Speech by the Dead Christ, from the World's Edifice, that there is no God

Lanterns hung on houses, from the beams and eaves, dripping wax onto the pavement into off-white, mounded plateaux. "Inside every lantern!" had went up shouts, "Inside every breath!"

As the lights withdrew, left to melt into pitch, the men were keeping themselves away in their dim rooms, cabling the last of the wine into their mouths until exhaustion overtook them. The boys, they are driven to run more quickly in the dark, and in straight lines, they were escaping, scattering from their houses out onto the streets and then out onto the grass fields, until they were collapsed into sleep together, bodies wound, hair matted together. Only the women and girls were in their beds tonight, talking themselves into a drowse, like paper winding off the spool, their sentences slow and rambling into slumber. Now the streets are bare and the lanterns burn in quiet, left to melt to nubs, their light withdraws.

Only I was still awake, in my study. The silence after a religious festival refreshes me; I had stayed indoors for the day, had set a single lantern out my window to avoid being ostentatious, that is, to avoid abuse. The open window let in the smell of roasted meat, and I let it saturate my mouth and nose before eating a simple pot of rice from an unadorned bowl. Even philosophers concede, where simplicity can take strength from excess, it should.

From my window, out over the hiss and tone of my dying candle, I could see across the main road, and into the square, over a tumbledown statue of a heron, patiently staring toward the far churchyard . The town was lit like the waking moon, with a softness, that implies that this night will remain unmoving and out of time. This is what makes it religious. In the gathered lanterns, and the residues of the afternoon's clamor, there is something that cannot be ignored, even by unbelievers. My books lay open to be read, but my mind resisted, and drew itself back again and again to the scene framed by my window.

My eyes did not grow tired, and I was alert to every vague, muted flit of flame. Down the road, from somewhere beneath the square, I saw a figure stealing out from the ground, to rest at the foot of the statue. Through the haze and shadow, I could barely see its body, something staved over by an outsized frame, but gouged with sunken, starving patches between its two hanging arms. It paced the dark borders of the shadows in the square, until it shook, like a curse had been settled, and ran to a bit of darkness under a nearby eave— here, even from this great distance, I could see into its paling eyes, irises the color of a meal-worm. The figure paced, and then wary of a sound, it sprinted forward for an instant and pressed itself against the walls of a house. Above, a lantern trembled and dripped a bit of wax from its rim, onto the shape's bare shoulder. The figure flinched, back, out into the light.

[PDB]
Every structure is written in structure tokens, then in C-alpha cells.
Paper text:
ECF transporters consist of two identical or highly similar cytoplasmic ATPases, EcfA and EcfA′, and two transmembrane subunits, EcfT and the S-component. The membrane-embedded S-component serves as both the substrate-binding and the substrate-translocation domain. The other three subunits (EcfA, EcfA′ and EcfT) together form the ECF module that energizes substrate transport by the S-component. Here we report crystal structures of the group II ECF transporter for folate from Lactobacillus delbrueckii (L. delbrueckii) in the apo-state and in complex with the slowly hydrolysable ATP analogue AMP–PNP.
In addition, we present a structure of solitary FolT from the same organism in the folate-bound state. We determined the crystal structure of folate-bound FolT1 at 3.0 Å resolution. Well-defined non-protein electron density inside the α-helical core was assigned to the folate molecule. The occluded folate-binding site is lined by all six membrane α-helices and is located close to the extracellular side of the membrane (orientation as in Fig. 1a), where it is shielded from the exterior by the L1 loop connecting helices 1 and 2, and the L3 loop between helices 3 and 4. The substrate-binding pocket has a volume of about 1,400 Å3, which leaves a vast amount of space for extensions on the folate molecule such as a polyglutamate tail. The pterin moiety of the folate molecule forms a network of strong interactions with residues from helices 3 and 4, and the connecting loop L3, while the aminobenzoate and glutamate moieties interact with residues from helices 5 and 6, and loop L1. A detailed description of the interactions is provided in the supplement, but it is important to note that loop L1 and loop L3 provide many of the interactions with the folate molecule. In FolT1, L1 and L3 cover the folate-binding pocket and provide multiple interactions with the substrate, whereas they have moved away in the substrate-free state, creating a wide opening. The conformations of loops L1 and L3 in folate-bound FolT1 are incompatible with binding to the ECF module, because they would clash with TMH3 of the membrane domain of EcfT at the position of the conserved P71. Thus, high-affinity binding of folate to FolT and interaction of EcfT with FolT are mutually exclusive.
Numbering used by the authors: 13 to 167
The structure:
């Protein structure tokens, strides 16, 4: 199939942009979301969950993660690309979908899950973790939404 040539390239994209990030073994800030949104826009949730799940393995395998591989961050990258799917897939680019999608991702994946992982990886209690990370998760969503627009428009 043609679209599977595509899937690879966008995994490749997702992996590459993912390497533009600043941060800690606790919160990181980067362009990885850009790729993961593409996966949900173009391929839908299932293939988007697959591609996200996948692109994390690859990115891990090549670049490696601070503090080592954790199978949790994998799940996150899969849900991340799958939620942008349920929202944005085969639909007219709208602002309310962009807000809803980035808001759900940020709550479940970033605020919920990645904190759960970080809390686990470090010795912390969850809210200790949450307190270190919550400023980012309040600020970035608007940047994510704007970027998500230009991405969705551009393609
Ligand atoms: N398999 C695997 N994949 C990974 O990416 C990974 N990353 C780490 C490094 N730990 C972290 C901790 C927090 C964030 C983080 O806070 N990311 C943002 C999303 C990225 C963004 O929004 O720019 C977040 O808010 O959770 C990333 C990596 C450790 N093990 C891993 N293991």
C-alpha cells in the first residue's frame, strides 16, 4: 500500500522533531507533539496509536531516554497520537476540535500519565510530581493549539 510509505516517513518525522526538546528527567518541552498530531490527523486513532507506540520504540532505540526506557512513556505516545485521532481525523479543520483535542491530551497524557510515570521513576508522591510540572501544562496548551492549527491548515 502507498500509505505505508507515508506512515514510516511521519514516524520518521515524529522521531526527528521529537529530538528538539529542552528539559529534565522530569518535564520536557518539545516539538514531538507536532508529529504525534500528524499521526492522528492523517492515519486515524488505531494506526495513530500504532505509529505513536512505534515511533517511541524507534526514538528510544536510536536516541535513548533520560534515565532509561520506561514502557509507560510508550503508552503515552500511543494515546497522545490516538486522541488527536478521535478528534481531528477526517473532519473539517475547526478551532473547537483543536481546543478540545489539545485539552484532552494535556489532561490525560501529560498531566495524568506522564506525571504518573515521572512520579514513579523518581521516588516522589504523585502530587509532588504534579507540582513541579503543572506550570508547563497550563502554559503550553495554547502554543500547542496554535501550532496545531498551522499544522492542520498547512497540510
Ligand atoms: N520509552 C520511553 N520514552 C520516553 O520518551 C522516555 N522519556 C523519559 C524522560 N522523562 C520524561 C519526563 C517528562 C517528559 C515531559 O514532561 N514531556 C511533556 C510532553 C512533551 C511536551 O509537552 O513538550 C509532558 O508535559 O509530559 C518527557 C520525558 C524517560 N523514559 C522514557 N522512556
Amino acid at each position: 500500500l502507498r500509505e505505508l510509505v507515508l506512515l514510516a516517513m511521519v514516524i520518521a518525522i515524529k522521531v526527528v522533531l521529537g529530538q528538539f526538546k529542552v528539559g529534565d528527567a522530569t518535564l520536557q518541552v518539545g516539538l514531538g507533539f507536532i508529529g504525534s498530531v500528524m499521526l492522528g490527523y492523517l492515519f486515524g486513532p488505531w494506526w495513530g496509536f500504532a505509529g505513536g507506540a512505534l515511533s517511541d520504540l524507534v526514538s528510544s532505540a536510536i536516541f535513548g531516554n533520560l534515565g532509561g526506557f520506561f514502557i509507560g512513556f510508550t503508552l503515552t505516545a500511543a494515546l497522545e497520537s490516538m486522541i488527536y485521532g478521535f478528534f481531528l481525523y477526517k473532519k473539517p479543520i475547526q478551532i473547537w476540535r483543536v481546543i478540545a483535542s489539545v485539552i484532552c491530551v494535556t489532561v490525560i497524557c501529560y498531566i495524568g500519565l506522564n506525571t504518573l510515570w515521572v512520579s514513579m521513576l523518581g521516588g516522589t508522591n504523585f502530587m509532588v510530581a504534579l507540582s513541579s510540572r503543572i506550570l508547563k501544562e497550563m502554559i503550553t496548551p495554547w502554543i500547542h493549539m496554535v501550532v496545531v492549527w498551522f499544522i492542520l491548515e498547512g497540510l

In the indefinite glow, the figure, a man, shone out. His hair was coarse like rattan, disfigured or torn in patches, blunted by darkness into an unmoving clod. He had the look of a man dragged out from the ground, but as if the skeleton had grown during its interrupted sleep. A beard roped down from his face and over his chest, which was burst apart by the long, curved bones of his ghoulish ribcage. The bloodless eyes fixed on me and, with a bark, he crawled to the edge of the house, loping, then like a fluid.

He pressed his body against the facade, and then he threw his arm once over the peak of the door, his hands into the sills of the windows, and quickly he mounted the roof. He shook once more, and began to bellow. Around him, the rowhouses ached higher, and his angst filled the street like a canal, until it crashed over me, and held me where I stood, my hands outstretched to close the shutters against the hideous vision. The bellowing continued louder, a scrambling degenerate noise, until from the edifice of the world, the dead Christ began to speak words.

"These lights, from the lanterns, they are piercing my eyes, my eyes cannot but be drawn to them. Light was the first confusion, to watch it endure across death, each daybreak it made from darkness a mystery. In the dark, you have only your body, you return to your body and the distances recede onto you. The light steals into your eyes and drags the bodies over the horizon."

"Words in my mouth, they crawl out of me, like beetles, a compulsion. I beg it to stop! The second confusion, the words themselves. Now, I beg silence to come on me and to let my body recede from itself! My bones have grown out from me, I am terrible, tearing apart for some silence. Is there a god? Can you see me, my only body rejected, and answer that there is?"

"And now, the third confusion, a dead man overgrown by his own bones, dead and thundering and light, only the dispersed and dead, light and thundering, can answer, there is no god, there is no god, no sky, no men, they recede into the dark, the dark overtakes them like the skeleton, they too are overgrown by their own bones, until the dark overtakes them, I blot out their names from under the sky, and last, the sky itself."

The screaming stopped and the figure pointed his black finger in the air. The stars beamed unconvinced, down on his broken shoulders. The rejected beast threw his arms apart and collapsed, into dust, and the dust turned to soot and poured over the roof into the gutter, and from there was passed to the sea, and dispersed.

My hands thrust forward and, grasping the shutters, I closed them tight. From the center of my study, the light from my candle tripped across my face, undisturbed.

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